Sent M off today. It’s amazing how well we got along and looking back… she really spurred me on to work as hard as possible making use of the precious time we had in the studio. We’d joke about how we were ‘bad influences’ on each other because not only would we end up driving each other to work late into the night in the studio, we’d also be inspired by the shapes that we were each making and would want to try them out. While she was always making more structural, angular and petite pieces, I’d always end up making larger, rounded, curvier type shapes. Whenever I saw a great triangular shaped bowl of hers I’d always think to try that shape out the next time, but somehow or other ended up always falling back to my own aesthetic preferences. She mentioned feeling the same as well. Undoubtedly though, our works influenced each other, because by the end of our time at Kasen I was definitely trying to make smaller, more petite pieces while she proudly proclaimed she’d made her ‘biggest’ pieces yet (still tinier compared to my monstrosities ^^;). I remember how before she arrived, I’d be like the others, knocking off pretty promptly after 5pm, not really working late into the night at all because it felt nice to just chill after a hard day’s work. Seeing her always work late in the studio though reminded me that indeed, we really did have a limited time at Kasen and working a few extra hours each night could really contribute to improving our skills drastically.
Grateful for all these friends I’ve made, and things I’ve learnt from them.
Sensei treated us to lunch at the famous soba restaurant in town. After which, he dropped us off at the station and I saw her off. It was funny, feeling a pang in my heart after hugging and waving goodbye to her. Feeling that my time at Kasen would soon be up as well. It was definitely a heavy feeling.
After that, I went off to the glaze shop to get some raw materials to ship back to Berlin because I had these grand plans of trying out lots of my own Kohiki. Under the beating hot sun, it was a pretty hard trek. Got to the glaze shop and unfortunately, the usual owner wasn’t there. I’d sort of been relying on him to give me some simple recipes for Kohiki and to tell me the differences between some of the raw materials since he’d always shared so much information with us whenever we went to get glaze/underglaze materials. The kindly elderly owner was there though, but though he was friendly also very informative as well, I think he was probably a little hard of hearing and couldn’t quite get it when I tried saying my Japanese wasn’t that good so he couldn’t quite moderate the difficulty level of his explanations. In the end, I might have overdone it, but I ended up buying a couple of 3 kg bags of raw materials, only to realize how incredibly heavy those bags were after slinging them over my shoulders. Good thing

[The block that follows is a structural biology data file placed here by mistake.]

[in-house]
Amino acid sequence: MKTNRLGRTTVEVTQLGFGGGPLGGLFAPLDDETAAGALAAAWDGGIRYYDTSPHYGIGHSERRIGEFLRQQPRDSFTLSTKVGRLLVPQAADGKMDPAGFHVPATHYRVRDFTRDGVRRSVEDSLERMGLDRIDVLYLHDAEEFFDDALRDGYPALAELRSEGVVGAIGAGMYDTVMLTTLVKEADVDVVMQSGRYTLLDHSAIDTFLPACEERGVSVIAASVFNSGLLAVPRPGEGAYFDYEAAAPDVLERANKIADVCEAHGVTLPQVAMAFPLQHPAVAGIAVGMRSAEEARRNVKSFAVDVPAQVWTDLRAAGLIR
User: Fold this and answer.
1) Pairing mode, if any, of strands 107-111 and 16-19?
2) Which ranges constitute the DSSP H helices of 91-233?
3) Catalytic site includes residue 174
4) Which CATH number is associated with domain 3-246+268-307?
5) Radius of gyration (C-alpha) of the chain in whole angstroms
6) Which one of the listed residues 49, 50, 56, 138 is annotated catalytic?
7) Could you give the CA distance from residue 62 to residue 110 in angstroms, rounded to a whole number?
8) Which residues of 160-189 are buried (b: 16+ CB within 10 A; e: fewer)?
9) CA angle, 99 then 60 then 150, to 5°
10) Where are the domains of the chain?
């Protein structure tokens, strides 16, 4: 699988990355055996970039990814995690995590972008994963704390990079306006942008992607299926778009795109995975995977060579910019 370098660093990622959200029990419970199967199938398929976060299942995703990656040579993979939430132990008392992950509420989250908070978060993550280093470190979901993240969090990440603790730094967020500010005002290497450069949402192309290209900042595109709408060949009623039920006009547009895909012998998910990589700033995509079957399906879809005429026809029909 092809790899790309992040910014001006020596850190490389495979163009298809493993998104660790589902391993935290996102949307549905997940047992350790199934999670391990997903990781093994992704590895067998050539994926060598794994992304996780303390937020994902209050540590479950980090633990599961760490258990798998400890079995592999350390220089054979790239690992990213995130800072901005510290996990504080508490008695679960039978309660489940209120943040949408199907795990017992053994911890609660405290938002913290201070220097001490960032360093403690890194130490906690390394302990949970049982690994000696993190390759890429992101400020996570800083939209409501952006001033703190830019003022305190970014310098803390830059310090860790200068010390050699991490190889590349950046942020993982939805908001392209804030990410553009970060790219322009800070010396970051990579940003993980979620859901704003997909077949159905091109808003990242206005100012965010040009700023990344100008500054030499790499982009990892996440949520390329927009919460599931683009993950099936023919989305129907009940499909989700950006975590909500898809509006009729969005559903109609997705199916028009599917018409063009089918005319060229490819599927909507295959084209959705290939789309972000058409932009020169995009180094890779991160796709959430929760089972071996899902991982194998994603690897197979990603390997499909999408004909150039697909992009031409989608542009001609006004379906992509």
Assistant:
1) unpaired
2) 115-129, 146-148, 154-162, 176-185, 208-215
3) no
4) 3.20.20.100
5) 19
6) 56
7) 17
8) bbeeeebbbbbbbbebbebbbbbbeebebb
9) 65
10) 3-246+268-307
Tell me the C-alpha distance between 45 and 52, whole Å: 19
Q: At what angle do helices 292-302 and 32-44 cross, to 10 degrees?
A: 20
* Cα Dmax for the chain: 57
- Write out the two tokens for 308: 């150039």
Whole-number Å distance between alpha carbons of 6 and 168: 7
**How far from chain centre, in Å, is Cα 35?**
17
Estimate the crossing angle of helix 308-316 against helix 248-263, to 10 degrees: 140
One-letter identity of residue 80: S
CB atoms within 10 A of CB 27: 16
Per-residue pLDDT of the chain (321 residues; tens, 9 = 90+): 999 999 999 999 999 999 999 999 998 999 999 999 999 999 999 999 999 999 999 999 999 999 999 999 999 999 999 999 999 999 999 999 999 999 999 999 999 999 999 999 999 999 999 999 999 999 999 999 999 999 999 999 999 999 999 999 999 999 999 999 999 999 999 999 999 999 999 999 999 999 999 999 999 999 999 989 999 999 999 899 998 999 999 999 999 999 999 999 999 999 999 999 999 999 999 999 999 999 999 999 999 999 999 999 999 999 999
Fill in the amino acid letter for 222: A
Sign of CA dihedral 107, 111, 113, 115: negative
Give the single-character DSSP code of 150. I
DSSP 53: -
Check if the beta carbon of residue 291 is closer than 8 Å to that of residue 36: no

I’d built up some degree of musculature in my upper arms after a month plus of wedging and throwing. The walk to the station was definitely a rough one.
The rest of it went by in a sort of sweaty blur because I was then in a great rush to mail things off before the post office closed. The minute I got back to the studio, I packed up the glaze materials in a box, packed some items as gifts to mail to my friend in Osaka etc… then rushed out to make it before closing time. The cardboard box of my roughly 13kg of glaze raw materials was so incredibly heavy, I remember distinctly wanting nothing more than to reach the post office ASAP.
It’s always moments like these that make me feel like I should be in a movie. I reached the pedestrian crossing which showed a red light. Didn’t see any vehicles + the box of raw materials was so damned heavy, I made the decision in that split second to dash across the red light. The minute I stepped out, I could see a large van in the distance headed my way. I panicked slightly, hurried my footsteps along, when suddenly, the small box on top of my cardboard box of raw materials tumbles forward onto the ground. Cursing and swearing with sweat down my forehead, I hurriedly pick up the smaller box all the while with the van looming my way and the shaming red of the pedestrian light glowing, as if to say, HAH. You got what you asked for.
Thankfully, made it to the other side of the street in one piece. One of the items I’d planned to send to my friend though, had broken quite spectacularly into a couple of pieces. Perfect for Kintsugi in my opinion, but it was a beautiful piece none the less that I would have been proud to have gifted her.
After that incident, I really did think back to that moment. And how things DO make sense in this world sometimes. I rushed, didn’t plan things out well, made a hasty decision… and it’s almost as if there was a higher power of sorts who’d woken up from a nap and decided that very moment to teach me a lesson. Well, it was a great one that I’ll never forget.
Wrote in my journal that night:
“Worked on trimming futaoki. Learnt a trick on making futaoki from Sensei. Method of cutting it off the base.
Went to soba restaurant.
A little sad to see M off
Parting is such sweet sorrow after all
Went to glaze shop
Went to post office
Dropped and broke plate sob
Always a lesson to be learnt
So apt, that bit of rushing leading to an unfortunate outcome
Zen as always”